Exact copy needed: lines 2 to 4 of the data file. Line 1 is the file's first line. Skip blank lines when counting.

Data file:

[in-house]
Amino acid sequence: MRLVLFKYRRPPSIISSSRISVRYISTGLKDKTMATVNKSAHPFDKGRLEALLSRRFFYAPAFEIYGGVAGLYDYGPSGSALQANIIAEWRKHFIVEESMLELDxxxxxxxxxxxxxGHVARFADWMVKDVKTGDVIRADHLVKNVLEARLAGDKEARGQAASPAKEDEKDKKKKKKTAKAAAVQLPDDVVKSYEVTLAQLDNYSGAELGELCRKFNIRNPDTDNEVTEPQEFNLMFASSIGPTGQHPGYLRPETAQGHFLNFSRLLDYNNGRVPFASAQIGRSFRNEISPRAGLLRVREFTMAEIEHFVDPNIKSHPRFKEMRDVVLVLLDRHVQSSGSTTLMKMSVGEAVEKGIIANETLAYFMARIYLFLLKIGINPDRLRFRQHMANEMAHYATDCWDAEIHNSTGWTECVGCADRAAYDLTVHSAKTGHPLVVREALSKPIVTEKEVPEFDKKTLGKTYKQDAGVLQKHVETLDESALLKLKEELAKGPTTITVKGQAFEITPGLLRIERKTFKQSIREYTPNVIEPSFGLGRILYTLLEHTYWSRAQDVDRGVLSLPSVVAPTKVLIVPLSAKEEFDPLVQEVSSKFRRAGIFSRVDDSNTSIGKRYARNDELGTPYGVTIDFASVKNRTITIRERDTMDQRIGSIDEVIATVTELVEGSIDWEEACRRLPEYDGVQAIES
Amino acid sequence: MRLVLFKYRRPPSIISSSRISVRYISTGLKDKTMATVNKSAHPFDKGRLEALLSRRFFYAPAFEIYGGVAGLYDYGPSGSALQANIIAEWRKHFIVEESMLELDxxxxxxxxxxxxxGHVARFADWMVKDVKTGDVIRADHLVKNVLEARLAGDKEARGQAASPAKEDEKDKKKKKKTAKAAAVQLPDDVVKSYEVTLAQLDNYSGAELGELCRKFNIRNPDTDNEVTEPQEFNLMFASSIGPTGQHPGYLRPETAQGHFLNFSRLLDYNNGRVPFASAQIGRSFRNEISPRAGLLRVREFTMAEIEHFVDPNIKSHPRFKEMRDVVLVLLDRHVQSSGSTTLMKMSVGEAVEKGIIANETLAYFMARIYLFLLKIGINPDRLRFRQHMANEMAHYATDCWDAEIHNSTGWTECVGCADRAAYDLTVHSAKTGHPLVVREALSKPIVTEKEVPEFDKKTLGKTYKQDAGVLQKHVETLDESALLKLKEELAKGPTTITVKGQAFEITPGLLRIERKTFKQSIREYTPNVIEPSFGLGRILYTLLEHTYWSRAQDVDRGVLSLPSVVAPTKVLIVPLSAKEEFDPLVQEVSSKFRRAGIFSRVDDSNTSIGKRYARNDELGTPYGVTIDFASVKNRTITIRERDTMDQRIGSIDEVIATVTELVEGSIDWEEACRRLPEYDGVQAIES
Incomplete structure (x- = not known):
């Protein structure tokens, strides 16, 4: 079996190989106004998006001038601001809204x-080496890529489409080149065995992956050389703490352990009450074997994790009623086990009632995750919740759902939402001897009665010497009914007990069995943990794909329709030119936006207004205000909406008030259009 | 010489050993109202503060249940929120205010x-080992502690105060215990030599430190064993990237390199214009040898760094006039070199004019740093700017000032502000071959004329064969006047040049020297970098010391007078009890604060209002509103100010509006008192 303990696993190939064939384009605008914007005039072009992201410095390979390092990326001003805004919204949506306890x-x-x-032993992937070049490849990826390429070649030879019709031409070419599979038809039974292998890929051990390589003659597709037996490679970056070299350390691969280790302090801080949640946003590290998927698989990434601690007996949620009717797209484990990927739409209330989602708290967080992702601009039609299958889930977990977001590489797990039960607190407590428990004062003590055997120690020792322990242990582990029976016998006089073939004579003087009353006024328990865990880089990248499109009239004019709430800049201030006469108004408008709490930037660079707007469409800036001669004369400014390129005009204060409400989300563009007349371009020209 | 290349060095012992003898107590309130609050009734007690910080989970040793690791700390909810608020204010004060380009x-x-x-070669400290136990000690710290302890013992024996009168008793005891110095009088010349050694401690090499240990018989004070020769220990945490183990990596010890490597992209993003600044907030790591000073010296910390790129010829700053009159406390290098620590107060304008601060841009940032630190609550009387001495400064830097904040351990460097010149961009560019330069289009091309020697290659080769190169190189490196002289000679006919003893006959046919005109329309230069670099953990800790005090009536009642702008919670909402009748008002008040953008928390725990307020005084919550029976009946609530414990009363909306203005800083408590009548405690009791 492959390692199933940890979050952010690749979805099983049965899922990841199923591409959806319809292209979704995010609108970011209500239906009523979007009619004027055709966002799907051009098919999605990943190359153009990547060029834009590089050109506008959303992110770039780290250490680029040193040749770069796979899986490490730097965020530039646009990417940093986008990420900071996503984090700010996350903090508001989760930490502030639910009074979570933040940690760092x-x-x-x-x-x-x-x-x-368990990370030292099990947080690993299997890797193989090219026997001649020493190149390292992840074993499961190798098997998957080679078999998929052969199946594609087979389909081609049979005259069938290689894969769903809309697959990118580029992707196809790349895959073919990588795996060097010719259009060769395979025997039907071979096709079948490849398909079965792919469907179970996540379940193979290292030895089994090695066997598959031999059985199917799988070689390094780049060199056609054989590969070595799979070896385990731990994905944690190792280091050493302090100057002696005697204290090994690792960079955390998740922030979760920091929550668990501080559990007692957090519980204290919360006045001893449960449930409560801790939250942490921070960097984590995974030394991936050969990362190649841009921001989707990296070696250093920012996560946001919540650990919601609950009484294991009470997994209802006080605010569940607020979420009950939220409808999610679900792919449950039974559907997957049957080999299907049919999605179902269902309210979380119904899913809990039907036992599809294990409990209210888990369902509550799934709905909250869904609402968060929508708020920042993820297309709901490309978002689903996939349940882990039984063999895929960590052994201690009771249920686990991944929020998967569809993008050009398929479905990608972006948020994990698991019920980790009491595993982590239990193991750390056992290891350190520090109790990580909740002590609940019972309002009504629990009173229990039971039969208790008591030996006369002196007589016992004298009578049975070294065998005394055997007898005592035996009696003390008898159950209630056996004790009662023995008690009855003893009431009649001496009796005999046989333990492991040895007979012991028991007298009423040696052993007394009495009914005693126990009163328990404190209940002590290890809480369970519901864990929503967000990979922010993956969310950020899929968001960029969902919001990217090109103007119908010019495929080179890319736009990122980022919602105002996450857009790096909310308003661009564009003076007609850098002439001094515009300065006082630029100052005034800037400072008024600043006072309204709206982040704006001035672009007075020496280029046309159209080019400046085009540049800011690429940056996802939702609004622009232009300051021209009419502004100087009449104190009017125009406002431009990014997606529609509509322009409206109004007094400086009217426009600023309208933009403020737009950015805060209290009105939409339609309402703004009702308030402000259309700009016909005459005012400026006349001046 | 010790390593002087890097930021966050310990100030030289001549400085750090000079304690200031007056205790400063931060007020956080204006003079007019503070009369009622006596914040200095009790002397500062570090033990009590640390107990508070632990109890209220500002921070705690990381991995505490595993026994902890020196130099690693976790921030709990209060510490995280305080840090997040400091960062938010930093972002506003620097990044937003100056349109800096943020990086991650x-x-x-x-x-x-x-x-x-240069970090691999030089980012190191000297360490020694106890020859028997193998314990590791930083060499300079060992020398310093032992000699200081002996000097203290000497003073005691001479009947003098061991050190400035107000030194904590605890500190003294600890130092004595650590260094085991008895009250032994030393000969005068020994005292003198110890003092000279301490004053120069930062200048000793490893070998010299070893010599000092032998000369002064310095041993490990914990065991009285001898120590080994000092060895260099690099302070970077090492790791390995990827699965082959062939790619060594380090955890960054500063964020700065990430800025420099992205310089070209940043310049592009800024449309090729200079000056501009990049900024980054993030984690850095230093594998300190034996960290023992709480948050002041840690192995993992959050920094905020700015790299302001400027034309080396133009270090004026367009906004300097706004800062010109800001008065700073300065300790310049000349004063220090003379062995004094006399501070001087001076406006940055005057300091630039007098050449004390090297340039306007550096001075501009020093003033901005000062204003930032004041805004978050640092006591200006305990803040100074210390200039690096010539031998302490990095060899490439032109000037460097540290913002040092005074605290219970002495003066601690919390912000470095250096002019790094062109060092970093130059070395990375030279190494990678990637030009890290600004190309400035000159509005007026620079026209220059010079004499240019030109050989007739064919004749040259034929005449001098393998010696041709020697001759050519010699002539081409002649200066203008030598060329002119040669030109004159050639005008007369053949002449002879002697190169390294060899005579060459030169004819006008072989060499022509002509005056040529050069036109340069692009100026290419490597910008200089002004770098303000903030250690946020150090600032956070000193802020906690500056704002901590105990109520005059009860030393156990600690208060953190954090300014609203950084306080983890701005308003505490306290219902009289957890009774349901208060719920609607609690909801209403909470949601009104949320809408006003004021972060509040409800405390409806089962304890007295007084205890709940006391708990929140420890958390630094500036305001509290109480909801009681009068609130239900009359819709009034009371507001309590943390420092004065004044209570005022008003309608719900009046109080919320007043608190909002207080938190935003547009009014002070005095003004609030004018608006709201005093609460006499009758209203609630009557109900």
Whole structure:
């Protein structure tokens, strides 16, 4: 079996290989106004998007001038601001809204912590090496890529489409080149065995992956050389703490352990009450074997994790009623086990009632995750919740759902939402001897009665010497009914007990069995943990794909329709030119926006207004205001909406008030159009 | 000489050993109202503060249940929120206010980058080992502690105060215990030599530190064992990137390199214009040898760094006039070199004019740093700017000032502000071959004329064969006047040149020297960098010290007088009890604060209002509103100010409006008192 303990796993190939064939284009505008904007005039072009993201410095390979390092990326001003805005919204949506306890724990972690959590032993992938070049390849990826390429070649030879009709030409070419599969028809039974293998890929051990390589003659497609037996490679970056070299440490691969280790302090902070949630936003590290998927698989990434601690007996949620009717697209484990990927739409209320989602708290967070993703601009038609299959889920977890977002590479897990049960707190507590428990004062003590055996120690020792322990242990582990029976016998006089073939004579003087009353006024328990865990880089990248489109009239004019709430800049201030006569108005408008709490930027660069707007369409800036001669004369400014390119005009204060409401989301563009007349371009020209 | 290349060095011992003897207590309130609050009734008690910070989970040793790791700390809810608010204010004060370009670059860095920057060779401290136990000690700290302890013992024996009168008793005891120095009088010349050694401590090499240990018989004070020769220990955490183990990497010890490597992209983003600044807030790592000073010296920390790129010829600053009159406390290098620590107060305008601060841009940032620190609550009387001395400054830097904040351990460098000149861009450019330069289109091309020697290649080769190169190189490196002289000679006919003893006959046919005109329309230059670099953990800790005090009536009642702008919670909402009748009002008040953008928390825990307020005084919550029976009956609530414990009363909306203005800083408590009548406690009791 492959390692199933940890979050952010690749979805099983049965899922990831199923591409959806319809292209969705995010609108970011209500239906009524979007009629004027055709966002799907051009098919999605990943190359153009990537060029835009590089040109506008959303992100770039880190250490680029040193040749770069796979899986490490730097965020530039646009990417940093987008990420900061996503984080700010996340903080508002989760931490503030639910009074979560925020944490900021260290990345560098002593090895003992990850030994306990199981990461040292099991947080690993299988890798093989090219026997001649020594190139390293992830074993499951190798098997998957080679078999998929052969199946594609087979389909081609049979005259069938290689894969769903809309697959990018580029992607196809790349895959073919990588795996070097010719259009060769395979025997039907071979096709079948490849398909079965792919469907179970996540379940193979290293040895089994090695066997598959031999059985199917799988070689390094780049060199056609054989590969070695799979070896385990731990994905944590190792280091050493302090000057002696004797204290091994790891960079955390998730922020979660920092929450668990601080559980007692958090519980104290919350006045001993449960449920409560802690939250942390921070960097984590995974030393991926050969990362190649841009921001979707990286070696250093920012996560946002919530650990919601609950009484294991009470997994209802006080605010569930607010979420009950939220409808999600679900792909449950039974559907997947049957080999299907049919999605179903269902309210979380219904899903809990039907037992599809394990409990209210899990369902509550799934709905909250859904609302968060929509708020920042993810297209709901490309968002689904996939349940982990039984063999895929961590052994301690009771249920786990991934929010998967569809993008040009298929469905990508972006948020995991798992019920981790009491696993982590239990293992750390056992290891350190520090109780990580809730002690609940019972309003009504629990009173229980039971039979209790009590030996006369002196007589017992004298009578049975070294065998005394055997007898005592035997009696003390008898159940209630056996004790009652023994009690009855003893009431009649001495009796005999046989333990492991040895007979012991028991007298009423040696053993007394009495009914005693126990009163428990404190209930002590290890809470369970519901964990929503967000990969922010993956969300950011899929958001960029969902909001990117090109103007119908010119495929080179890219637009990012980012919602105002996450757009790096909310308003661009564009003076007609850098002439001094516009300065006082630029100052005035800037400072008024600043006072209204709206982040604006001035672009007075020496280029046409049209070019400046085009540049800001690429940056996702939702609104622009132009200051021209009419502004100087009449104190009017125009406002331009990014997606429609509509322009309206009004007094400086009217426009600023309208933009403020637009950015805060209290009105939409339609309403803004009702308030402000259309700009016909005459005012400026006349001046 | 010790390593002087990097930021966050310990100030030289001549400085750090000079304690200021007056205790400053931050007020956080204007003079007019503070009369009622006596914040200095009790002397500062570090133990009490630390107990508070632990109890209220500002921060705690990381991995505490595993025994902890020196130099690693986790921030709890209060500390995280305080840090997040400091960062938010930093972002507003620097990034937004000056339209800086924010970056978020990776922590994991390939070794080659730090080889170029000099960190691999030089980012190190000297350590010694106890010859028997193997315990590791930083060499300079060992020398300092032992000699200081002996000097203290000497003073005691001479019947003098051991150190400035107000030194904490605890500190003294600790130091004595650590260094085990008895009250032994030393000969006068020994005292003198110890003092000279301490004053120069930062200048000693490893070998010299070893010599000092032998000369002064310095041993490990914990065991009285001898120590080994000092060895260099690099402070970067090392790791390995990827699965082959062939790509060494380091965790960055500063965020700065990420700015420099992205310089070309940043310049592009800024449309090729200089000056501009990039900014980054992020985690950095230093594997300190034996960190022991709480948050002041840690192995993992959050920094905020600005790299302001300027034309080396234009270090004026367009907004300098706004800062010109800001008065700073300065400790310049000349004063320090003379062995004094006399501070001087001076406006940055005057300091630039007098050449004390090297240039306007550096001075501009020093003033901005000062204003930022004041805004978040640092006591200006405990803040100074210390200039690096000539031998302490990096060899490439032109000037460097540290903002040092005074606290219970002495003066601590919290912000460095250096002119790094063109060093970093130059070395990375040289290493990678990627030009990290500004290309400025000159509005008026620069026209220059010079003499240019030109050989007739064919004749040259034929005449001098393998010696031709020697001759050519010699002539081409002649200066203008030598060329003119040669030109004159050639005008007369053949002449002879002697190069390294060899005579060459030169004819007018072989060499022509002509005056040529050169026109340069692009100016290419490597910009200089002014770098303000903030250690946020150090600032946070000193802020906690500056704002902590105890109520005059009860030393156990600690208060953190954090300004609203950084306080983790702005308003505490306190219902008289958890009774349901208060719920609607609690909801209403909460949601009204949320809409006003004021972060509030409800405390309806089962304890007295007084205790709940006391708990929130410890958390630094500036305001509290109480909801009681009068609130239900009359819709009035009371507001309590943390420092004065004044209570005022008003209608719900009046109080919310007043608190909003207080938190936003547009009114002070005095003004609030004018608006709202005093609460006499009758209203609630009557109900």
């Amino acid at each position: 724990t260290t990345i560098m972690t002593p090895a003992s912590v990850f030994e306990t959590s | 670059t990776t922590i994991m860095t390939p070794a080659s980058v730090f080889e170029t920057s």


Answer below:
Amino acid sequence: MRLVLFKYRRPPSIISSSRISVRYISTGLKDKTMATVNKSAHPFDKGRLEALLSRRFFYAPAFEIYGGVAGLYDYGPSGSALQANIIAEWRKHFIVEESMLELDxxxxxxxxxxxxxGHVARFADWMVKDVKTGDVIRADHLVKNVLEARLAGDKEARGQAASPAKEDEKDKKKKKKTAKAAAVQLPDDVVKSYEVTLAQLDNYSGAELGELCRKFNIRNPDTDNEVTEPQEFNLMFASSIGPTGQHPGYLRPETAQGHFLNFSRLLDYNNGRVPFASAQIGRSFRNEISPRAGLLRVREFTMAEIEHFVDPNIKSHPRFKEMRDVVLVLLDRHVQSSGSTTLMKMSVGEAVEKGIIANETLAYFMARIYLFLLKIGINPDRLRFRQHMANEMAHYATDCWDAEIHNSTGWTECVGCADRAAYDLTVHSAKTGHPLVVREALSKPIVTEKEVPEFDKKTLGKTYKQDAGVLQKHVETLDESALLKLKEELAKGPTTITVKGQAFEITPGLLRIERKTFKQSIREYTPNVIEPSFGLGRILYTLLEHTYWSRAQDVDRGVLSLPSVVAPTKVLIVPLSAKEEFDPLVQEVSSKFRRAGIFSRVDDSNTSIGKRYARNDELGTPYGVTIDFASVKNRTITIRERDTMDQRIGSIDEVIATVTELVEGSIDWEEACRRLPEYDGVQAIES
Amino acid sequence: MRLVLFKYRRPPSIISSSRISVRYISTGLKDKTMATVNKSAHPFDKGRLEALLSRRFFYAPAFEIYGGVAGLYDYGPSGSALQANIIAEWRKHFIVEESMLELDxxxxxxxxxxxxxGHVARFADWMVKDVKTGDVIRADHLVKNVLEARLAGDKEARGQAASPAKEDEKDKKKKKKTAKAAAVQLPDDVVKSYEVTLAQLDNYSGAELGELCRKFNIRNPDTDNEVTEPQEFNLMFASSIGPTGQHPGYLRPETAQGHFLNFSRLLDYNNGRVPFASAQIGRSFRNEISPRAGLLRVREFTMAEIEHFVDPNIKSHPRFKEMRDVVLVLLDRHVQSSGSTTLMKMSVGEAVEKGIIANETLAYFMARIYLFLLKIGINPDRLRFRQHMANEMAHYATDCWDAEIHNSTGWTECVGCADRAAYDLTVHSAKTGHPLVVREALSKPIVTEKEVPEFDKKTLGKTYKQDAGVLQKHVETLDESALLKLKEELAKGPTTITVKGQAFEITPGLLRIERKTFKQSIREYTPNVIEPSFGLGRILYTLLEHTYWSRAQDVDRGVLSLPSVVAPTKVLIVPLSAKEEFDPLVQEVSSKFRRAGIFSRVDDSNTSIGKRYARNDELGTPYGVTIDFASVKNRTITIRERDTMDQRIGSIDEVIATVTELVEGSIDWEEACRRLPEYDGVQAIES
Incomplete structure (x- = not known):